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Hydrology and Earth System Sciences An interactive open-access journal of the European Geosciences Union
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Volume 20, issue 9 | Copyright
Hydrol. Earth Syst. Sci., 20, 3947-3965, 2016
https://doi.org/10.5194/hess-20-3947-2016
© Author(s) 2016. This work is distributed under
the Creative Commons Attribution 3.0 License.

Research article 26 Sep 2016

Research article | 26 Sep 2016

How streamflow has changed across Australia since the 1950s: evidence from the network of hydrologic reference stations

Xiaoyong Sophie Zhang1, Gnanathikkam E. Amirthanathan1, Mohammed A. Bari2, Richard M. Laugesen3, Daehyok Shin1, David M. Kent1, Andrew M. MacDonald1, Margot E. Turner1, and Narendra K. Tuteja3 Xiaoyong Sophie Zhang et al.
  • 1Environment and Research Division, Bureau of Meteorology, Melbourne, Australia
  • 2Bureau of Meteorology, Perth, Australia
  • 3Bureau of Meteorology, Canberra, Australia

Abstract. Streamflow variability and trends in Australia were investigated for 222 high-quality stream gauging stations having 30 years or more continuous unregulated streamflow records. Trend analysis identified seasonal, inter-annual and decadal variability, long-term monotonic trends and step changes in streamflow. Trends were determined for annual total flow, baseflow, seasonal flows, daily maximum flow and three quantiles of daily flow. A distinct pattern of spatial and temporal variation in streamflow was evident across different hydroclimatic regions in Australia. Most of the stations in southeastern Australia spread across New South Wales and Victoria showed a significant decreasing trend in annual streamflow, while increasing trends were retained within the northern part of the continent. No strong evidence of significant trend was observed for stations in the central region of Australia and northern Queensland. The findings from step change analysis demonstrated evidence of changes in hydrologic responses consistent with observed changes in climate over the past decades. For example, in the Murray–Darling Basin, 51 out of 75 stations were identified with step changes of significant reduction in annual streamflow during the middle to late 1990s, when relatively dry years were recorded across the area. Overall, the hydrologic reference stations (HRSs) serve as critically important gauges for streamflow monitoring and changes in long-term water availability inferred from observed datasets. A wealth of freely downloadable hydrologic data is provided at the HRS web portal including annual, seasonal, monthly and daily streamflow data, as well as trend analysis products and relevant site information.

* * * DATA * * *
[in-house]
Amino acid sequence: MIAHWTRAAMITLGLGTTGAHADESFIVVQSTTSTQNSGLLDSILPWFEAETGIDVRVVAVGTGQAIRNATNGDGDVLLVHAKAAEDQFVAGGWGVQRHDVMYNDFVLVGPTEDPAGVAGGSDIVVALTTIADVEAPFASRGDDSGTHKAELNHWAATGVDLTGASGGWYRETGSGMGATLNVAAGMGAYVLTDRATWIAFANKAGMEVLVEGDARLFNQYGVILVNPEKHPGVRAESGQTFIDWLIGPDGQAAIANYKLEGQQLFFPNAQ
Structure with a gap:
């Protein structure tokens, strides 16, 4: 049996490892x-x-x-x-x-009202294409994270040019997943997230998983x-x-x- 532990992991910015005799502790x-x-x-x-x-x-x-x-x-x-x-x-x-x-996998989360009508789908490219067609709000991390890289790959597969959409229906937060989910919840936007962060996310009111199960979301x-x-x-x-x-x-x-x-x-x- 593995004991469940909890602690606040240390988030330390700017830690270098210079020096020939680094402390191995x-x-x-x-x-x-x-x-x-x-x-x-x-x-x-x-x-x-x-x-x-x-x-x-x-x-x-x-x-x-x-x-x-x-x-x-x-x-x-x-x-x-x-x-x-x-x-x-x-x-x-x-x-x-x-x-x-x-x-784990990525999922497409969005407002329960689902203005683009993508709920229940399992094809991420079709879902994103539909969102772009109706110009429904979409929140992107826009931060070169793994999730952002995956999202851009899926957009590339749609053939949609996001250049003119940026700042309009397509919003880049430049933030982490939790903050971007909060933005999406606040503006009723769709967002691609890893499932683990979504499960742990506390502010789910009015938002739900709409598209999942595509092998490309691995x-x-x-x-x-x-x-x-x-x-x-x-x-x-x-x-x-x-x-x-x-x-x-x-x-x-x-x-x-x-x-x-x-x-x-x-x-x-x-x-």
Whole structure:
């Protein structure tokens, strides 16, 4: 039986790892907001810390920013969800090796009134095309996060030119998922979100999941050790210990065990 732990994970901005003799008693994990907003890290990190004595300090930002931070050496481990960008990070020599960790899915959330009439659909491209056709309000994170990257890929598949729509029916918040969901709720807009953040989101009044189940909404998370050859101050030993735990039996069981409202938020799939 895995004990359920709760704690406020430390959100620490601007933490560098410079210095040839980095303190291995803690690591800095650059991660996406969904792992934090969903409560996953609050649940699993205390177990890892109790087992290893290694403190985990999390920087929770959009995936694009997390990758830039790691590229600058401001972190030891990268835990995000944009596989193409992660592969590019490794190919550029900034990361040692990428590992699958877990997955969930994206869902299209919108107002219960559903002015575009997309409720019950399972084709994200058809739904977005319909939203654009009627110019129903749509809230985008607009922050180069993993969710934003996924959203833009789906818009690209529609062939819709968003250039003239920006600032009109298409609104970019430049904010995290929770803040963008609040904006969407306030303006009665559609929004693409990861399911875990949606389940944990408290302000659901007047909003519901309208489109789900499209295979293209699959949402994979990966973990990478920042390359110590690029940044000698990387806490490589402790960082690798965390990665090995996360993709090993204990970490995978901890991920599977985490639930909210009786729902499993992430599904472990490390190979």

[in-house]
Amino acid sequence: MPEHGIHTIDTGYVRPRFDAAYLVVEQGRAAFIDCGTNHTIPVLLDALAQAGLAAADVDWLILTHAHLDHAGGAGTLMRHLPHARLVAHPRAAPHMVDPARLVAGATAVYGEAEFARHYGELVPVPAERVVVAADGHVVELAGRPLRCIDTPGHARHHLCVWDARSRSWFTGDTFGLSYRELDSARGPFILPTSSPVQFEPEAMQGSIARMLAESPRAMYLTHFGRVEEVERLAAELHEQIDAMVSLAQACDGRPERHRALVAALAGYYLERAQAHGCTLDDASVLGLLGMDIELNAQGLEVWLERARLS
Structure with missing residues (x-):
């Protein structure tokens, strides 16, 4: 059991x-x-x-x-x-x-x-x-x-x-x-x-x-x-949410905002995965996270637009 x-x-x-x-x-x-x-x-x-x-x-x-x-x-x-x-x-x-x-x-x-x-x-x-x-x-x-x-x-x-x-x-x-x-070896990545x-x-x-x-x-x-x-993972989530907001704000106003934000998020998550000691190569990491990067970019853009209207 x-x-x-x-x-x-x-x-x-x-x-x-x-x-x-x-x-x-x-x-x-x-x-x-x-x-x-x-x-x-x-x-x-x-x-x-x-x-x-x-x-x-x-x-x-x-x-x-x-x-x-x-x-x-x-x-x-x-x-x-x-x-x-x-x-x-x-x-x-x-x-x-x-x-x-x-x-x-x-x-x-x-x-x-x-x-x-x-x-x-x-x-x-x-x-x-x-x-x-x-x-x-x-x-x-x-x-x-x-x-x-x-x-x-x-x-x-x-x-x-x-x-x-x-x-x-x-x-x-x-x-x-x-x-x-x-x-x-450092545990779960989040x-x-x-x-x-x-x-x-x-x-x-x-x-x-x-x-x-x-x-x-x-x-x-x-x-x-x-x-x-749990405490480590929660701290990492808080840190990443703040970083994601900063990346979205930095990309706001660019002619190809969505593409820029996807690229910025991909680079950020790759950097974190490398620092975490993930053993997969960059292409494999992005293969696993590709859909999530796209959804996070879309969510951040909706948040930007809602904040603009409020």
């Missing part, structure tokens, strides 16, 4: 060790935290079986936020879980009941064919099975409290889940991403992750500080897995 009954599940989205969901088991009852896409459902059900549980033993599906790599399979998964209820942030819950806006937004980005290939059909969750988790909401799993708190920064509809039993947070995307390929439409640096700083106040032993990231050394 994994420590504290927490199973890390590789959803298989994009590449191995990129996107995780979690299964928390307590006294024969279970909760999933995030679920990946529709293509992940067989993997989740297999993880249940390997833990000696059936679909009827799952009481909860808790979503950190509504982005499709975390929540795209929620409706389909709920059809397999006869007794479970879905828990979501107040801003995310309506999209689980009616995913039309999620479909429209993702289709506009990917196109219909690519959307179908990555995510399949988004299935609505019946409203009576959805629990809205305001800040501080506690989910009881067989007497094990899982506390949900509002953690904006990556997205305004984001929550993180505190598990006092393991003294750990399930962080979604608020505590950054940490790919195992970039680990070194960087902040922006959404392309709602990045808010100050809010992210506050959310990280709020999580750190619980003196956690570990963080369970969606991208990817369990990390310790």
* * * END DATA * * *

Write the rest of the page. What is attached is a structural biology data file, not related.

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The hydrologic reference stations website (www.bom.gov.au/water/hrs/), developed by the Australia Bureau of Meteorology, is a one-stop portal to access long-term and high-quality streamflow information for 222 stations across Australia. This study investigated the streamflow variability and inferred trends in water availability for those stations. The results present a systematic analysis of recent hydrological changes in Australian rivers, which will aid water management decision making.
The hydrologic reference stations website (www.bom.gov.au/water/hrs/), developed by the...
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